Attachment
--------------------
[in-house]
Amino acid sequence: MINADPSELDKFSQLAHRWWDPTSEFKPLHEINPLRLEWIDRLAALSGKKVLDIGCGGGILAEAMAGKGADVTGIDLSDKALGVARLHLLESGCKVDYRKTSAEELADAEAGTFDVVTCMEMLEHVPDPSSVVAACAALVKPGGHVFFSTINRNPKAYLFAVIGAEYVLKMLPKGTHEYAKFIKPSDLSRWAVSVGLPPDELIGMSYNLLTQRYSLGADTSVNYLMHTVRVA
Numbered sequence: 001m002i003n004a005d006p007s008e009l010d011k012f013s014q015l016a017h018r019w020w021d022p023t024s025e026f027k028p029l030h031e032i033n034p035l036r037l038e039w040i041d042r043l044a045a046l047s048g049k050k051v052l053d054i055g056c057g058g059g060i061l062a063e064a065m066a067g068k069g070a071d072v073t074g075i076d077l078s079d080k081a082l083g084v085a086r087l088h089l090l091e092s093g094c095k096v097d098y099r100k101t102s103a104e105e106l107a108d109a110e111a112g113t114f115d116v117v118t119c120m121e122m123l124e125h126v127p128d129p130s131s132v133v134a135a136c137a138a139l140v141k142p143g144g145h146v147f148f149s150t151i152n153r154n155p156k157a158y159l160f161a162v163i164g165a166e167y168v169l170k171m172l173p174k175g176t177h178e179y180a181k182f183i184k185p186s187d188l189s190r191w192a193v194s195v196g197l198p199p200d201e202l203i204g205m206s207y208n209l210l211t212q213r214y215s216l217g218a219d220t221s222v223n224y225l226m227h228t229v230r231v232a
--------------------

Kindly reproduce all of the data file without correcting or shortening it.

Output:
[in-house]
Amino acid sequence: MINADPSELDKFSQLAHRWWDPTSEFKPLHEINPLRLEWIDRLAALSGKKVLDIGCGGGILAEAMAGKGADVTGIDLSDKALGVARLHLLESGCKVDYRKTSAEELADAEAGTFDVVTCMEMLEHVPDPSSVVAACAALVKPGGHVFFSTINRNPKAYLFAVIGAEYVLKMLPKGTHEYAKFIKPSDLSRWAVSVGLPPDELIGMSYNLLTQRYSLGADTSVNYLMHTVRVA
Numbered sequence: 001m002i003n004a005d006p007s008e009l010d011k012f013s014q015l016a017h018r019w020w021d022p023t024s025e026f027k028p029l030h031e032i033n034p035l036r037l038e039w040i041d042r043l044a045a046l047s048g049k050k051v052l053d054i055g056c057g058g059g060i061l062a063e064a065m066a067g068k069g070a071d072v073t074g075i076d077l078s079d080k081a082l083g084v085a086r087l088h089l090l091e092s093g094c095k096v097d098y099r100k101t102s103a104e105e106l107a108d109a110e111a112g113t114f115d116v117v118t119c120m121e122m123l124e125h126v127p128d129p130s131s132v133v134a135a136c137a138a139l140v141k142p143g144g145h146v147f148f149s150t151i152n153r154n155p156k157a158y159l160f161a162v163i164g165a166e167y168v169l170k171m172l173p174k175g176t177h178e179y180a181k182f183i184k185p186s187d188l189s190r191w192a193v194s195v196g197l198p199p200d201e202l203i204g205m206s207y208n209l210l211t212q213r214y215s216l217g218a219d220t221s222v223n224y225l226m227h228t229v230r231v232a